FEDERAL government funding has been allocated to advance the progress of the Warrnambool Clinical School at Deakin University.
Warrnambool is one of 26 regional hubs that will share in $28.5 million. The headquarters for the hub will be at South West Healthcare in Warrnambool.
The money will be rolled out over the next three years with exact amounts to each region still to be confirmed.
The funding will be used to further resource the school and better access to more medical specialists is high on the list.
Deakin University’s Executive Dean of Health Professor Brendan Crotty said he was pleased the provision of postgraduate training has been recognised as the appropriate way to attract more medical students to regional areas.
“We know that if people study and train in the regions, they’re much more likely to stay, live and work in the regions,” Professor Crotty said.
“The Western Victoria Regional Training Hub will link Deakin’s medical school with regionally-based trainees, regional health services, specialist colleges and accrediting bodies, and state and territory governments to build training capacity in our region.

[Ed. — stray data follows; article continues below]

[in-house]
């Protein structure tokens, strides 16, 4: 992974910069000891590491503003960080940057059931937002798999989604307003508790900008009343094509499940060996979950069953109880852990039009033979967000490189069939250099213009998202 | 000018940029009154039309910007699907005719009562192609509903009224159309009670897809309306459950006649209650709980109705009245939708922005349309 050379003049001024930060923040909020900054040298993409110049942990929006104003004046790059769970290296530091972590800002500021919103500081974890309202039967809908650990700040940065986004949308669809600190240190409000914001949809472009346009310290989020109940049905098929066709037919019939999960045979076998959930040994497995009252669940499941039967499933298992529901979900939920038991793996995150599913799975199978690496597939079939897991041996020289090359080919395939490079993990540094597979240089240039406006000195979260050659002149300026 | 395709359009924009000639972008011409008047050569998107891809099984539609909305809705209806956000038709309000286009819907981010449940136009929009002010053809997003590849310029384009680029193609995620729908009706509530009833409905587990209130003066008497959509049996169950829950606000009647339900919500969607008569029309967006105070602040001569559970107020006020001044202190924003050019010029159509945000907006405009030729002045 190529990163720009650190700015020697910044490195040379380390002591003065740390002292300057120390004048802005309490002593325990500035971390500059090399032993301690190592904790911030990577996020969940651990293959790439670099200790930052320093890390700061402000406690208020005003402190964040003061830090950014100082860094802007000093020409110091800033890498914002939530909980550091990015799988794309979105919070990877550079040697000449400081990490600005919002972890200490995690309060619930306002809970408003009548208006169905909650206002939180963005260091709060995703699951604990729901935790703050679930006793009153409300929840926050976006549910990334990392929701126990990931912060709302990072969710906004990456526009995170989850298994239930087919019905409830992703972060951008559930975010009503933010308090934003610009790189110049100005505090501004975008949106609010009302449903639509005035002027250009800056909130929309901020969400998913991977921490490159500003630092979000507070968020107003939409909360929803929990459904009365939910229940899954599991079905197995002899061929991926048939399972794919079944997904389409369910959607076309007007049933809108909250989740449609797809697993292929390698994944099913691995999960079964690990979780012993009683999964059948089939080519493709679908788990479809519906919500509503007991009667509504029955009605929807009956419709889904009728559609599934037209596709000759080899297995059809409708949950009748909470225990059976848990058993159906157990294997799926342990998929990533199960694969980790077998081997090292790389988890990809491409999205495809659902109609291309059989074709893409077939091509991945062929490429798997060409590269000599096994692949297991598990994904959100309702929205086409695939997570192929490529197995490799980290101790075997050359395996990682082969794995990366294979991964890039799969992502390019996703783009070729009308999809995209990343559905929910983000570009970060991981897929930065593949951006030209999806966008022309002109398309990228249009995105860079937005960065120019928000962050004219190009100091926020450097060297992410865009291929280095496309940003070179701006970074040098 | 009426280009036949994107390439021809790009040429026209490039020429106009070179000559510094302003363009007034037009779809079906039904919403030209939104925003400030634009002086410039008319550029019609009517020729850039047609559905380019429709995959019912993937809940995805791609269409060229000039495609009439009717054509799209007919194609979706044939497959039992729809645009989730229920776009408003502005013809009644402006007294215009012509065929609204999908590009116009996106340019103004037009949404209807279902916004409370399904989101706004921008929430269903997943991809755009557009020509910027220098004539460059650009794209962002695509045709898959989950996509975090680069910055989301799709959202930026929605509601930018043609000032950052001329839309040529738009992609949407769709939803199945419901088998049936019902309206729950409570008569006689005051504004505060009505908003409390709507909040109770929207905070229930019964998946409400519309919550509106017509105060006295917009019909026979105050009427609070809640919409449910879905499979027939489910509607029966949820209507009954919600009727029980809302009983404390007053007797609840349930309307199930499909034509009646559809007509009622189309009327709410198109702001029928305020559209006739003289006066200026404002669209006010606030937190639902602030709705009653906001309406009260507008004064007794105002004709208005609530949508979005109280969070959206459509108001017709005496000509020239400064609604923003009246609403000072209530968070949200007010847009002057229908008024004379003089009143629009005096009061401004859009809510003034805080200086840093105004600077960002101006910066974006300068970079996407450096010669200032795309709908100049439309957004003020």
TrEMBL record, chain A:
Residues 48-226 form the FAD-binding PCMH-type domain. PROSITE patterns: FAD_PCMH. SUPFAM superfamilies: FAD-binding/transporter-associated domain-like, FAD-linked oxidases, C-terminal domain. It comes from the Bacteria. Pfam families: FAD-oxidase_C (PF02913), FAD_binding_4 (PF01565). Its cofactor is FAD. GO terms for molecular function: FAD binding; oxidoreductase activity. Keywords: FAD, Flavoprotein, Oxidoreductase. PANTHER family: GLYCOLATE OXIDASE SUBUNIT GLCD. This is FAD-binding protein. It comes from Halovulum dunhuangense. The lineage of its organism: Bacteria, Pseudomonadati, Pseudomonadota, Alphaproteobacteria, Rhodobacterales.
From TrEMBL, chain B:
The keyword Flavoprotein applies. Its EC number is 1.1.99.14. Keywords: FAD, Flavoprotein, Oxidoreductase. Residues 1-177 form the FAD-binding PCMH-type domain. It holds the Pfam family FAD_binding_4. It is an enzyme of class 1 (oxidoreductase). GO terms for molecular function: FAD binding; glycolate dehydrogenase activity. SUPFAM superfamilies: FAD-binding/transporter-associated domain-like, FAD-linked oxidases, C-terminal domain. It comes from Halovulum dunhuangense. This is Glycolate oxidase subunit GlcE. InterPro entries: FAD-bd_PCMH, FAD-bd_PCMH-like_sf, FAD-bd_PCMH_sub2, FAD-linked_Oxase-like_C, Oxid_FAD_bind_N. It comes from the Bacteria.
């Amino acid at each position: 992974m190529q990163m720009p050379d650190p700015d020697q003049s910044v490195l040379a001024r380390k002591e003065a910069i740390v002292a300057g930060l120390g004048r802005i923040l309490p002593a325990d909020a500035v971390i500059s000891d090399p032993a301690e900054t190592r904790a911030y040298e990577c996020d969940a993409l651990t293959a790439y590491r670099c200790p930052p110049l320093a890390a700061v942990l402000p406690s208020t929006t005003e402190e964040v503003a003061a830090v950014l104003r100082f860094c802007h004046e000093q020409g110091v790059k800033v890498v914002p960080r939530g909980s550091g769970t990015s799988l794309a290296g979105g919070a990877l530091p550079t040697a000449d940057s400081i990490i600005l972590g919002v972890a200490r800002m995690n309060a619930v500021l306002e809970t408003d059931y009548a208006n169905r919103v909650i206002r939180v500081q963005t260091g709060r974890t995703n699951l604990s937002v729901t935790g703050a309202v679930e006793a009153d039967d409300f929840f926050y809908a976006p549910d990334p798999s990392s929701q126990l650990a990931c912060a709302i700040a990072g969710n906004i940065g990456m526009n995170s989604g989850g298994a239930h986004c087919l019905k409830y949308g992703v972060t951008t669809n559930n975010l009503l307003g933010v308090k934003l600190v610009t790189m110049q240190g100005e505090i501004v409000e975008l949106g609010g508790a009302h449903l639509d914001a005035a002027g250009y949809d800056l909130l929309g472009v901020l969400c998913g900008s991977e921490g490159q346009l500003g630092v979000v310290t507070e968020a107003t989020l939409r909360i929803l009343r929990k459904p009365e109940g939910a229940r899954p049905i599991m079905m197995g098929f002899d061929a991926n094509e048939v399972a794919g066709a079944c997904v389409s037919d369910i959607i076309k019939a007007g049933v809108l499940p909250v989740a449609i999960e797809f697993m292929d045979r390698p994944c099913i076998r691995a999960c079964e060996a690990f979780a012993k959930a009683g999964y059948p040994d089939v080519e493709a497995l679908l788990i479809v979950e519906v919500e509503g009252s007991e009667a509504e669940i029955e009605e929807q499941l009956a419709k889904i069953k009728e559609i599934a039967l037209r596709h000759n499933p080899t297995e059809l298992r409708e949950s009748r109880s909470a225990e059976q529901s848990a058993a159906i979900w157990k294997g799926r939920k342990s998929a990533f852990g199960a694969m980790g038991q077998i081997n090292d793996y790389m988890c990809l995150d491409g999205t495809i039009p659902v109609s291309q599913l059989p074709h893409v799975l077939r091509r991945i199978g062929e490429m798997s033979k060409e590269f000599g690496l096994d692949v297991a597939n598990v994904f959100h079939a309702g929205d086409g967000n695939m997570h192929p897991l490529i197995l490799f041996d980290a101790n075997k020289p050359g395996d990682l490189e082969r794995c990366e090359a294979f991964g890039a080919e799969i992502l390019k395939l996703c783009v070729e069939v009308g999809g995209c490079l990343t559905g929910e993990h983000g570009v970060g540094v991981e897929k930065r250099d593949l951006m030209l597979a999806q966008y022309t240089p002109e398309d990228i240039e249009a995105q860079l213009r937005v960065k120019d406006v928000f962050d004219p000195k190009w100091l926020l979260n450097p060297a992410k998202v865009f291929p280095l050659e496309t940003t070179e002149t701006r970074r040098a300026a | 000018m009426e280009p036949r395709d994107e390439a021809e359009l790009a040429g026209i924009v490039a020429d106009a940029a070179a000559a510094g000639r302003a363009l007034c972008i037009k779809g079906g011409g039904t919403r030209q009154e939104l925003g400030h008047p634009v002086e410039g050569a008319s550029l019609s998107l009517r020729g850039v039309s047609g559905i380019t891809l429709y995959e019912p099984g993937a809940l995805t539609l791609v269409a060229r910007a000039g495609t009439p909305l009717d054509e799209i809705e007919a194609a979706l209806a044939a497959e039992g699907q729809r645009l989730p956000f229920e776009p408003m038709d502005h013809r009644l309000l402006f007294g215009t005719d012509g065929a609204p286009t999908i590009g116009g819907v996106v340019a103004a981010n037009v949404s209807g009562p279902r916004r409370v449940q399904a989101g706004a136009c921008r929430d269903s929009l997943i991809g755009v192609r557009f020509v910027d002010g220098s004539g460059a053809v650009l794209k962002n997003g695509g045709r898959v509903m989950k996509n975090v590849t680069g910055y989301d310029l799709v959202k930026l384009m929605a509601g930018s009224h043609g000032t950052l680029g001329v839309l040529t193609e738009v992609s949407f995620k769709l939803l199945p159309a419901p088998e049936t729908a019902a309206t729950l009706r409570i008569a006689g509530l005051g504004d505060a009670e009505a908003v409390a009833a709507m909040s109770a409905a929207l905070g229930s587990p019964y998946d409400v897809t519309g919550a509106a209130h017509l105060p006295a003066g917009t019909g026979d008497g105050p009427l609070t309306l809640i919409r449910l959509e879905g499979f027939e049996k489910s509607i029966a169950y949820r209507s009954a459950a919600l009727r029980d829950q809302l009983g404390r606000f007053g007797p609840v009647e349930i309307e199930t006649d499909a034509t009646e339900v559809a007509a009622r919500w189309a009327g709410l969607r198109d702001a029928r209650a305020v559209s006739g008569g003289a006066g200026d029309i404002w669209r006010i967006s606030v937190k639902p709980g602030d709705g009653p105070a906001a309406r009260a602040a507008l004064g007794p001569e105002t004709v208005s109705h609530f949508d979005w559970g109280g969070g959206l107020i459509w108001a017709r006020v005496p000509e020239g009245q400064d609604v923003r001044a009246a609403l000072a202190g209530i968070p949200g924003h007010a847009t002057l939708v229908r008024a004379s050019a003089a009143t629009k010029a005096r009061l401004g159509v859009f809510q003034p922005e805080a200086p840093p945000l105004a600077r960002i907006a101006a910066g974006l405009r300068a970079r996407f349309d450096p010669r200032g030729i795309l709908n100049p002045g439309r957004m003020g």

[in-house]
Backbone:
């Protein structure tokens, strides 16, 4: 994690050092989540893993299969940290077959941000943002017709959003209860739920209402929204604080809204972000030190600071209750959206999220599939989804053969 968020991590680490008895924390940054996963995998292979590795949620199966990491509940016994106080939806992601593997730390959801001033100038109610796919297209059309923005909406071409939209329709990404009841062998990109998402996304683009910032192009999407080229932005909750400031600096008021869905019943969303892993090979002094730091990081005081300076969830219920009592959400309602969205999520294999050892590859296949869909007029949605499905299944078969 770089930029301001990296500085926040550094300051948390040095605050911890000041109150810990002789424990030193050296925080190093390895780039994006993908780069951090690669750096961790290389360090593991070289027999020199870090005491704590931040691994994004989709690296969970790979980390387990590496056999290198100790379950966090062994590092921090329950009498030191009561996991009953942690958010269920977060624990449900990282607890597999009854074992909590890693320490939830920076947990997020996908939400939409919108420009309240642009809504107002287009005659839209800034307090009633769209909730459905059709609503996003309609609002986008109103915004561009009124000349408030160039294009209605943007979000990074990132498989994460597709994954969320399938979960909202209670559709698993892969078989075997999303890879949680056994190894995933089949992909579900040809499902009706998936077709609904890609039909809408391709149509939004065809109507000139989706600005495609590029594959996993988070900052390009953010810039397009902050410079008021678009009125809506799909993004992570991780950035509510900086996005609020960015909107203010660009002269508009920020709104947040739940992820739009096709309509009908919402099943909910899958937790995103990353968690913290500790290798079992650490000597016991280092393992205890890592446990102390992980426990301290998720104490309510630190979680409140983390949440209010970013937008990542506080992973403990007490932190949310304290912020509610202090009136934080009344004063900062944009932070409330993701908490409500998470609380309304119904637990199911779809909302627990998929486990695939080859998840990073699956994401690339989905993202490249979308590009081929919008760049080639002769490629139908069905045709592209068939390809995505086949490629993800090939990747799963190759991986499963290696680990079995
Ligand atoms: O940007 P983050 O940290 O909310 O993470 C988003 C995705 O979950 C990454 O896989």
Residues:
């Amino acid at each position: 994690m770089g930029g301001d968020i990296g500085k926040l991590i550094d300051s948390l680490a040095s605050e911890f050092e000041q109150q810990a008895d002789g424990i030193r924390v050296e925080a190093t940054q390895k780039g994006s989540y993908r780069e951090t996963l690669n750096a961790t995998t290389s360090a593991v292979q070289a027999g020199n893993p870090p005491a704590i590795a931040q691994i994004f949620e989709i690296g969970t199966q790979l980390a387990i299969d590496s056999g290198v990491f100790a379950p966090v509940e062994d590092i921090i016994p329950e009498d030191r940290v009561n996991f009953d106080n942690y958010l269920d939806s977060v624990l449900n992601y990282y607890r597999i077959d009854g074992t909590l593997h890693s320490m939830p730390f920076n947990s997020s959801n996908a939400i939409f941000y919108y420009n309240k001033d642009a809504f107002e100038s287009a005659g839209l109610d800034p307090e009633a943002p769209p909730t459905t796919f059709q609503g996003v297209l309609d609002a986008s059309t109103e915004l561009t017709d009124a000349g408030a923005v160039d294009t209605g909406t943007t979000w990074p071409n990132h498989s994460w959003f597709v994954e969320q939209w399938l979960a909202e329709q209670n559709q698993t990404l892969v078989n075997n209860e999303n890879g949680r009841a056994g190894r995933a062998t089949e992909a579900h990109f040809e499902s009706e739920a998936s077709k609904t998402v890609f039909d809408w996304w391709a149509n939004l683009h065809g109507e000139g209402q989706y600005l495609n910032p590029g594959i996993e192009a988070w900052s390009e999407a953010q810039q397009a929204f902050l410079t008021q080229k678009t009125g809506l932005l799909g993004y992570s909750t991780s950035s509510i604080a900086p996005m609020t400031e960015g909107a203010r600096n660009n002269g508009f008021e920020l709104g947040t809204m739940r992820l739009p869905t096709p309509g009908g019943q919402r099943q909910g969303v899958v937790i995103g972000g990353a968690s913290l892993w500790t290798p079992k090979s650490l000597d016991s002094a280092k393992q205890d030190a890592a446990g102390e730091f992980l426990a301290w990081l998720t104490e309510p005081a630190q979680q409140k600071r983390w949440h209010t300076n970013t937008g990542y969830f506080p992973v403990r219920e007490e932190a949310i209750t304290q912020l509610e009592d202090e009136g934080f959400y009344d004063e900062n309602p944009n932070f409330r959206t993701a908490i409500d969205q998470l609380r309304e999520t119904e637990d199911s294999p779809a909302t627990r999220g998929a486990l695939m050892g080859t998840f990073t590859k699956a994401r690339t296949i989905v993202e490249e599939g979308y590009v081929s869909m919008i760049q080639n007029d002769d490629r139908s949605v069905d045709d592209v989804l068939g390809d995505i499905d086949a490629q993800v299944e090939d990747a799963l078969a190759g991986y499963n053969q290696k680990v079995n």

“Across Victoria, three universities, Deakin, Melbourne and Monash, have worked together to ensure the future medical workforce needs of regional communities will be met through four coordinated hubs.
“This is a deliberate strategy to ensure the hubs are large enough to sustain a full specialist training program.”
South West Healthcare chief executive officer John Krygger also welcomed the news.
“This new funding is a further extension of the strong partnership that exists between South West Healthcare and Deakin University,” Mr Krygger said.
“Through the creation of training pathways, it will enable locally based medical students to pursue their professional careers whether that be through a specialist or general practice training program.”
Member for Wannon Dan Tehan said medical students in western Victoria would have greater opportunities to live, study and work closer to home.
“This will enable students to continue rural training through university into postgraduate medical training, and then working within regional and rural Australia,” Mr Tehan said.